“These gains have come even as the student body of American public schools has expanded to include students with ever greater challenges. For the first time in recent memory, a majority of U.S. public-school students come from low-income households. The student body includes a larger proportion than ever of students who are still learning to speak English. And it includes many students with disabilities who would have been shut out of public school before passage of the 1975 law now known as the Individuals With Disabilities Education Act, which guaranteed all children a ‘free appropriate public education’.”

Perhaps the worst of the anti-public-education invective is directed at teachers’ unions.

“In 2004, Rod Paige, then George W. Bush’s secretary of education, called the country’s leading teachers union a ‘terrorist organization’.”

“Our secretary of education, Betsy DeVos, has repeatedly signaled her support for school choice and privatization, as well as her scorn for public schools, describing them as a ‘dead end’ and claiming that unionized teachers ‘care more about a system, one that was created in the 1800s, than they care about individual students’.”

Teachers and their unions are an easy target for assigning blame.

“Our lost faith in public education has led us to other false conclusions, including the conviction that teachers unions protect “bad apples.” Thanks to articles and documentaries such as Waiting for ‘Superman,’ most of us have an image seared into our brain of a slew of know-nothing teachers, removed from the classroom after years of sleeping through class, sitting in state-funded ‘rubber rooms’ while continuing to draw hefty salaries. If it weren’t for those damned unions, or so the logic goes, we could drain the dregs and hire real teachers.”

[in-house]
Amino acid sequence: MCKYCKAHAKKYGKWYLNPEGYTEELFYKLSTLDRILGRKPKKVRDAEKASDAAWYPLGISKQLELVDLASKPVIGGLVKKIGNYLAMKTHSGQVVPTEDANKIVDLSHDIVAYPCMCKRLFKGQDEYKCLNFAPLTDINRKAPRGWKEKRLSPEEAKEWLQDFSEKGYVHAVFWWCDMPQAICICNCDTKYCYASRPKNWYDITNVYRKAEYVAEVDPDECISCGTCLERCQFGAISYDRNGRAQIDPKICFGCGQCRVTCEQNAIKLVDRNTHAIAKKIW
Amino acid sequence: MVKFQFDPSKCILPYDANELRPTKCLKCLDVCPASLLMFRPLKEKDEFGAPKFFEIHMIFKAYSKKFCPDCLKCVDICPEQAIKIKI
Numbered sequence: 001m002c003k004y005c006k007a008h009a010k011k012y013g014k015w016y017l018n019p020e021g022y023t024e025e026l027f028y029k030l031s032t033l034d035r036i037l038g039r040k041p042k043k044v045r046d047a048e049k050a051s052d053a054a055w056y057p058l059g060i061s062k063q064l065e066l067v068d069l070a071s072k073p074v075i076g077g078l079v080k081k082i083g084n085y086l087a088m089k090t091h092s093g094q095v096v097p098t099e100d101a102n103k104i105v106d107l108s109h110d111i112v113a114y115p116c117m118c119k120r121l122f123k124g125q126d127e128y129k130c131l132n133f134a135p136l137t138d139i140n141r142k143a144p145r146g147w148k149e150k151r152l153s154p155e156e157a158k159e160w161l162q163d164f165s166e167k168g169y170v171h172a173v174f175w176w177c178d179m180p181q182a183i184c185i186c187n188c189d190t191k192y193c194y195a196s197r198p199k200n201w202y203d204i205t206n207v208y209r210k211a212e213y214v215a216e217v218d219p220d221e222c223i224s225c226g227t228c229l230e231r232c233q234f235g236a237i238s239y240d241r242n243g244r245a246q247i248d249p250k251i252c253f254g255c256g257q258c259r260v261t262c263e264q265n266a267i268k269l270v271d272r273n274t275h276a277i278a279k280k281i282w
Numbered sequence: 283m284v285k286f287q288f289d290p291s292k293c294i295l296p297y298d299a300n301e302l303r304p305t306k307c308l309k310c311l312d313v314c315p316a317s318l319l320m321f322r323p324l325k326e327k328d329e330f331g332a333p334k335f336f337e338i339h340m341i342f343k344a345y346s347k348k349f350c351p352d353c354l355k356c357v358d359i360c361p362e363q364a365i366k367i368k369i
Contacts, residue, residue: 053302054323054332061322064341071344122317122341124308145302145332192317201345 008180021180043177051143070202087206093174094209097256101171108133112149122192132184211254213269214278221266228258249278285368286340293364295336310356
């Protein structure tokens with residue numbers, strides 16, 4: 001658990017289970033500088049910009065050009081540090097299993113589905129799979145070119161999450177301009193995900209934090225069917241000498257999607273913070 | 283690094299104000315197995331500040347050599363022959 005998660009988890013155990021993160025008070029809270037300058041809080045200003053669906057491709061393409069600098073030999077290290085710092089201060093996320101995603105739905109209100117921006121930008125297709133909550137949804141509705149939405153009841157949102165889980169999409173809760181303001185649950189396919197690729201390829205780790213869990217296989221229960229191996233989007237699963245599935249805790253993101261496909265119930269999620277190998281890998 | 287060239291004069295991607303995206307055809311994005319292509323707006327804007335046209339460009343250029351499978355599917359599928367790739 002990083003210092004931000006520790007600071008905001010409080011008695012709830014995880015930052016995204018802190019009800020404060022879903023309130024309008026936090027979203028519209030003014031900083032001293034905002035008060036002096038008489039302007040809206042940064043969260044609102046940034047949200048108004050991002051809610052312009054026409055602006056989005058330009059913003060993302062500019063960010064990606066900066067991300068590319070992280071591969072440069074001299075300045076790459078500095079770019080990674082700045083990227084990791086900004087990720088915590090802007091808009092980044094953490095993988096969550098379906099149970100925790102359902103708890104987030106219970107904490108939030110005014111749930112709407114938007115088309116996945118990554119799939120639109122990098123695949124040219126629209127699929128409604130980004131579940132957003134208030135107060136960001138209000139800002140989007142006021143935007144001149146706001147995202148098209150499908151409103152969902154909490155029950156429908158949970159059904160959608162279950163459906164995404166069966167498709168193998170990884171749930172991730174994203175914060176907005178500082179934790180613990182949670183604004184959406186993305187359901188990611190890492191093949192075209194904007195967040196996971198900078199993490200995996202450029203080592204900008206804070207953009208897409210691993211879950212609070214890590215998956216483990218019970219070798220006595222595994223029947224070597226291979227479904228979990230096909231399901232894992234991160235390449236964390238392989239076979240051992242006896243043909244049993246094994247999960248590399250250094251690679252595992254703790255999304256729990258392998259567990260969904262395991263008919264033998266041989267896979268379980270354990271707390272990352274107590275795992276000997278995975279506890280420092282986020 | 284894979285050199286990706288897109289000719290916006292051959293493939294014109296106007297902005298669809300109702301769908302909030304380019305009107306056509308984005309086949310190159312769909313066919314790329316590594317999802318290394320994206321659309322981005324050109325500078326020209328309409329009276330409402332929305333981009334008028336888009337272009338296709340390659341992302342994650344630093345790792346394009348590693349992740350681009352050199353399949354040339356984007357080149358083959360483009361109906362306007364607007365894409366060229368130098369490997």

Christakis exults in referencing a study that actually demonstrates that school systems with strong unions do a better job of maintaining teacher quality than weak or nonunionized systems. They do this by campaigning for higher wages that attract better teachers.  The higher wages make the tolerance of poor teachers more expensive, thus encouraging them to eliminate subpar performers before they gain tenure.  Besides encouraging the dismissal of the weaker teachers, the higher wages encourage the good performers to stay on the job. These results are derived from the work of Eunice S. Han: The Myth of Unions' Overprotection of Bad Teachers: Evidence from the District-Teacher Matched Panel Data on Teacher Turnover.

Han provided a long and detailed study..  A succinct summary is more easily accessible in an interview of Han that was reproduced in a Washington Post piece by Valerie Strauss: Think teachers can’t be fired because of unions? Surprising results from new study

When asked to describe her results, Han provided these comments.

“By demanding higher salaries for teachers, unions give school districts a strong incentive to dismiss ineffective teachers before they get tenure. Highly unionized districts dismiss more bad teachers because it costs more to keep them. Using three different kinds of survey data from the National Center for Education Statistics, I confirmed that unionized districts dismiss more low-quality teachers than those with weak unions or no unions. Unionized districts also retain more high-quality teachers relative to district with weak unionism. No matter how and when I measured unionism I found that unions lowered teacher attrition. This is important because many studies have found that higher-quality teachers have a greater chance of leaving the profession. Since unionized districts dismiss more bad teachers while keeping more good teachers, we should expect to observe higher teacher quality in highly unionized districts than less-unionized districts — and this is exactly what I found. Highly unionized districts have more qualified teachers compared to districts with weak unionism.”